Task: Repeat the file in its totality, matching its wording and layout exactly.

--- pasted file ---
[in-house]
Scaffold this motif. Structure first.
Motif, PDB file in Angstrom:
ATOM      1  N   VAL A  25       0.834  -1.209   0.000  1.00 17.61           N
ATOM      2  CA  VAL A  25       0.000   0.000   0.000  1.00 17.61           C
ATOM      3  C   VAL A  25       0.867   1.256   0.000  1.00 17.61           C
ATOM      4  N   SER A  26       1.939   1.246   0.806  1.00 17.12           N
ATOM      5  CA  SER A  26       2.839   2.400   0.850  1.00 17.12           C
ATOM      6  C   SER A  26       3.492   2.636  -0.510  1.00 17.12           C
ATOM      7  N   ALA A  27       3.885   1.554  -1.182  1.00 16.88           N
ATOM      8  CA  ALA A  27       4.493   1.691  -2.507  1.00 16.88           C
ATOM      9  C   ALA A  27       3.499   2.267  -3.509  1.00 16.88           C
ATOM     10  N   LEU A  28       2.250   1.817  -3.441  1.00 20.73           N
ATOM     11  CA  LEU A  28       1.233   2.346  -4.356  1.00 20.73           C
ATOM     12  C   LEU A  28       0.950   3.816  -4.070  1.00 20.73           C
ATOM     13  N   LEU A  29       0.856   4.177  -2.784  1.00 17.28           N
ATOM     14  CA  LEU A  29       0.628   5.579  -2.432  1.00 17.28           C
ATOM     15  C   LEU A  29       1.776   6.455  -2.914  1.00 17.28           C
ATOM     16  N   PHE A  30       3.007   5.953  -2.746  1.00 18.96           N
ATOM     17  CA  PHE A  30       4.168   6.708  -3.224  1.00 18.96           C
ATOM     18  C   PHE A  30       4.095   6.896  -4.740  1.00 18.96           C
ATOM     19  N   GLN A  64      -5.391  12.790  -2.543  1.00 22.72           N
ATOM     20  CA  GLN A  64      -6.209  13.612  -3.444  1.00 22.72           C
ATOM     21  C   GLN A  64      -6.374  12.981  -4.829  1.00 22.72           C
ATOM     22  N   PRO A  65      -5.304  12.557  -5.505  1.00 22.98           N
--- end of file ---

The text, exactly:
[in-house]
Scaffold this motif. Structure first.
Motif, PDB file in Angstrom:
ATOM      1  N   VAL A  25       0.834  -1.209   0.000  1.00 17.61           N
ATOM      2  CA  VAL A  25       0.000   0.000   0.000  1.00 17.61           C
ATOM      3  C   VAL A  25       0.867   1.256   0.000  1.00 17.61           C
ATOM      4  N   SER A  26       1.939   1.246   0.806  1.00 17.12           N
ATOM      5  CA  SER A  26       2.839   2.400   0.850  1.00 17.12           C
ATOM      6  C   SER A  26       3.492   2.636  -0.510  1.00 17.12           C
ATOM      7  N   ALA A  27       3.885   1.554  -1.182  1.00 16.88           N
ATOM      8  CA  ALA A  27       4.493   1.691  -2.507  1.00 16.88           C
ATOM      9  C   ALA A  27       3.499   2.267  -3.509  1.00 16.88           C
ATOM     10  N   LEU A  28       2.250   1.817  -3.441  1.00 20.73           N
ATOM     11  CA  LEU A  28       1.233   2.346  -4.356  1.00 20.73           C
ATOM     12  C   LEU A  28       0.950   3.816  -4.070  1.00 20.73           C
ATOM     13  N   LEU A  29       0.856   4.177  -2.784  1.00 17.28           N
ATOM     14  CA  LEU A  29       0.628   5.579  -2.432  1.00 17.28           C
ATOM     15  C   LEU A  29       1.776   6.455  -2.914  1.00 17.28           C
ATOM     16  N   PHE A  30       3.007   5.953  -2.746  1.00 18.96           N
ATOM     17  CA  PHE A  30       4.168   6.708  -3.224  1.00 18.96           C
ATOM     18  C   PHE A  30       4.095   6.896  -4.740  1.00 18.96           C
ATOM     19  N   GLN A  64      -5.391  12.790  -2.543  1.00 22.72           N
ATOM     20  CA  GLN A  64      -6.209  13.612  -3.444  1.00 22.72           C
ATOM     21  C   GLN A  64      -6.374  12.981  -4.829  1.00 22.72           C
ATOM     22  N   PRO A  65      -5.304  12.557  -5.505  1.00 22.98           N